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Whistler Sew Along: Day Five

We have reached the final steps in the Whistler Sew Along. After today, you will have a new cozy sweater to wear! And for me, it’s just in time as we are expecting some nasty winter weather today. Hooray for January! It’s perfect for sweater, hot chocolate and sewing! Let’s get those cuffs and bands on! I have some tips for you, so read on to learn how I make sewing cuffs a breeze and how I kept my hem facing in line while I sewed it in place.

Attaching the cuffs

Whistler cuff

I just adore the tall cuffs that the Whistler has. They definitely help keep my sleeves in place when I push them up while cleaning or sewing, or whatever I’m doing. Sewing cuffs can be so quick! No pressing hems in place! However, sometimes it can be a bit tricky to turn the cuff right side out and get the seam lined up on the inside and outside. Well today I am sharing a trick I learned somewhere on Facebook a while back. It’s called the hotdog/hamburger method of sewing a cuff. Crazy name, right, but when you see it explained, it will make total sense!

Fold your cuff right sides together with the long side lined up. (like a hotdog bun!) The stretch of the fabric will be going perpendicular to the fold. Now, fold it in half again top to bottom (like a hamburger bun!) You will have the raw edges on one side, and the fold on the other. See the photo below.


Next, we sew along the raw edge.

Take one layer of the cuff and turn it outside out.

And you have a cuff! It’s all lined up and ready to attach to your sleeve.

Sewing the hem facing

After you sew the ends of the hem facing together, line it up right sides together with the hem of the sweater. Sew in place. You can use any knit fabric for your facing. If you have an especially bulky fabric for the body of your sweater, I suggest using a lighter weight knit for your facing to reduce the amount of bulk you have. I used a brushed poly with my heavy weight cotton french terry. You can finish the top edge of the facing with a serger if you prefer, or leave it raw since knits don’t fray. (some sweater knits may though)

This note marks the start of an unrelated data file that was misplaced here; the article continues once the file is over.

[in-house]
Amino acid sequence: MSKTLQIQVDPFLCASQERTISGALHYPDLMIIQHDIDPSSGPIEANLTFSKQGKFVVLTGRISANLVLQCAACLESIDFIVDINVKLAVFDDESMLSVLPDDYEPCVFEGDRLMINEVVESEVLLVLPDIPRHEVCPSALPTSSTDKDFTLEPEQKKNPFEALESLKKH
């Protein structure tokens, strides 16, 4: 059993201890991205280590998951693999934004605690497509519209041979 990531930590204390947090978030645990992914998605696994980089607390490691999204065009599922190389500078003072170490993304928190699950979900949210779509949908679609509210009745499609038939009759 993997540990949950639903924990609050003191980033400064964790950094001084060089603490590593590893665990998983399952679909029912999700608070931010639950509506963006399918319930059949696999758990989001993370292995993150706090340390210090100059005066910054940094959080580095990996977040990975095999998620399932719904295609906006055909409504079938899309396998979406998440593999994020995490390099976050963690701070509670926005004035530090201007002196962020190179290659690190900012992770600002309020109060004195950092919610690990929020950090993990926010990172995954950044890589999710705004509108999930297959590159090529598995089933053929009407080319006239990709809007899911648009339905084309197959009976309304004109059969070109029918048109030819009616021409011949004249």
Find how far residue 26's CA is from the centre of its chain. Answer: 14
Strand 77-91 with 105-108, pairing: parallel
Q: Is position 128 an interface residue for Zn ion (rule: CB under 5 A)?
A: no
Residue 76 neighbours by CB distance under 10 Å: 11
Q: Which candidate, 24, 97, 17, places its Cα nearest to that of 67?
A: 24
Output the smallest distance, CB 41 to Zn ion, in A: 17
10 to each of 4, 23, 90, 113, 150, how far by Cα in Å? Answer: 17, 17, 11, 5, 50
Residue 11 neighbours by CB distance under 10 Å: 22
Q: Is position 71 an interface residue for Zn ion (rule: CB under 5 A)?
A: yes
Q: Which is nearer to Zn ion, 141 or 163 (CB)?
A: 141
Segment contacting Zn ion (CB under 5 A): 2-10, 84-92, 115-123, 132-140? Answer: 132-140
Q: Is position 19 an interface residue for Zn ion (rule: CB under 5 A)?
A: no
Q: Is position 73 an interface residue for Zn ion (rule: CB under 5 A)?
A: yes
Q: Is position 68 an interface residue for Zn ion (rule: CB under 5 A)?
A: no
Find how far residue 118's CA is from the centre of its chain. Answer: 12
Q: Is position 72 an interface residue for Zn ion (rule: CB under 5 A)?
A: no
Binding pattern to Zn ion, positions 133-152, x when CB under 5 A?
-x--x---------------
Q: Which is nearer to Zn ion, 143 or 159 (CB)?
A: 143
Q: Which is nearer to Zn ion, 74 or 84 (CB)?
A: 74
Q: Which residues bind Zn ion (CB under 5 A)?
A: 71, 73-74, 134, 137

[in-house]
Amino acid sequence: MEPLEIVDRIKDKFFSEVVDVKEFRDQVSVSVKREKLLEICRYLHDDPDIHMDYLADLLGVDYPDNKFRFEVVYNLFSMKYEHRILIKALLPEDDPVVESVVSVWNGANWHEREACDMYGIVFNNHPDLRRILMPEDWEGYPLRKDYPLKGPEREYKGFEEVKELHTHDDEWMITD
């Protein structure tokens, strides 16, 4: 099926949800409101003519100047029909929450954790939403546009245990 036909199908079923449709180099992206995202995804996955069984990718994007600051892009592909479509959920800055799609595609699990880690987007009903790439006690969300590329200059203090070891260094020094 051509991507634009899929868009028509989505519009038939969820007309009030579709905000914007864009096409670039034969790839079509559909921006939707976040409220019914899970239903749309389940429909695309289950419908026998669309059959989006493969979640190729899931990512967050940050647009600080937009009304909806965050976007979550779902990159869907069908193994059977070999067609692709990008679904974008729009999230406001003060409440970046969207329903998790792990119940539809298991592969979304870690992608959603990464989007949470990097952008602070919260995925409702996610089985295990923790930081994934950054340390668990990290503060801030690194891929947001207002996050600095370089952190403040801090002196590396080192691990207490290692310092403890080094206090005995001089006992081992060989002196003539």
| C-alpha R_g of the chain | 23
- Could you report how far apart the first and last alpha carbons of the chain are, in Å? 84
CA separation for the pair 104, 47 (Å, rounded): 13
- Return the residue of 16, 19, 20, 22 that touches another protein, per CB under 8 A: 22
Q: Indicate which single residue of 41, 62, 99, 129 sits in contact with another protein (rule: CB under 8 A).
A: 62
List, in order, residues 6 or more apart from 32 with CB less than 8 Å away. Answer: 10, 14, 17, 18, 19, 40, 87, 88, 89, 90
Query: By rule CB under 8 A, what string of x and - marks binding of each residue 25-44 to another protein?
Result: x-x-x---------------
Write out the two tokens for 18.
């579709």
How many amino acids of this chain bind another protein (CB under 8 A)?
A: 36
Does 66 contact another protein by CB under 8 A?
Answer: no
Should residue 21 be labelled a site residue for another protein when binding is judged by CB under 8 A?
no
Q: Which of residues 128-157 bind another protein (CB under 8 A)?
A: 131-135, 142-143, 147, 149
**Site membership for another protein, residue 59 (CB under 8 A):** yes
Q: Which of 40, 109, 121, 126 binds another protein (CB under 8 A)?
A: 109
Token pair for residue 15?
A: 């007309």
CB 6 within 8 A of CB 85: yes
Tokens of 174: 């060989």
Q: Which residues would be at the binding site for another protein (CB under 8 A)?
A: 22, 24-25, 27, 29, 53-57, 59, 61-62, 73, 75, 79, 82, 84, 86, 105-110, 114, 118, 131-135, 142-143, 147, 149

whistler hem facing

Press the facing to the wrong side of the sweater. Your fabrics will now be wrong sides together.

whistler hem facing

Sew the facing in place. I pinned my facing on the wrong side. Then, I lifted the hem up and watched the BOTTOM of my hem to make sure the raw edge stayed lined up in the middle of the feed dogs of my coverstitch. I was also able to watch for the pins. 😉 You can use this same trick with the sewing machine! It ensured that I caught the top of the facing in my topstitching. If you don’t like pins, you can use hem tape to keep the hem in place, or glue it in place with a fabric glue stick.

sewing whistler hem facing

Press and you are done! Now the hard part is picking out the button!! I sew mine through both layers of the collar. It doesn’t need to unbutton to get it on. If you want a functioning button, (it makes breastfeeding a breeze!) go for it and add those button holes! Throw on your Whistler Sweater and keep cozy!

whistler hem facing

I hope you have had fun on this sew along! If you are a part of Facebook or Instagram, be sure to share your makes with us! We love to see them! Join our Facebook Group here. If you are on Instagram, hashtag your sew with #whistlersal

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Author Kelly

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  • Jackie says:

    I love this sweater!! I want one for every day of the week. I made one small error, but I still love it. I’m going to make a few more. How about a similar style for warmer weather? Best top ever!!!

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